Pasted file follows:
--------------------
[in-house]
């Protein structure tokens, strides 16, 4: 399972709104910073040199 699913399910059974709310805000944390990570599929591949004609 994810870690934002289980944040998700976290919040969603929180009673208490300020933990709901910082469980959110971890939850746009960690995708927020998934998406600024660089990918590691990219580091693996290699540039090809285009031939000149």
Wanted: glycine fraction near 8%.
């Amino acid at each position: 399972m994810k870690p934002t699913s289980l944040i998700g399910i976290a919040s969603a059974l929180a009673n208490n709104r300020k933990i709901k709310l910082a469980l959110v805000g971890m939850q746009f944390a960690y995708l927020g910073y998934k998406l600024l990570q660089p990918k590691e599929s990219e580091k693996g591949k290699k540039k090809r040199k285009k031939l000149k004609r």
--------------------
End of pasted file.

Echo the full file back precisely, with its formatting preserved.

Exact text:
[in-house]
């Protein structure tokens, strides 16, 4: 399972709104910073040199 699913399910059974709310805000944390990570599929591949004609 994810870690934002289980944040998700976290919040969603929180009673208490300020933990709901910082469980959110971890939850746009960690995708927020998934998406600024660089990918590691990219580091693996290699540039090809285009031939000149």
Wanted: glycine fraction near 8%.
């Amino acid at each position: 399972m994810k870690p934002t699913s289980l944040i998700g399910i976290a919040s969603a059974l929180a009673n208490n709104r300020k933990i709901k709310l910082a469980l959110v805000g971890m939850q746009f944390a960690y995708l927020g910073y998934k998406l600024l990570q660089p990918k590691e599929s990219e580091k693996g591949k290699k540039k090809r040199k285009k031939l000149k004609r």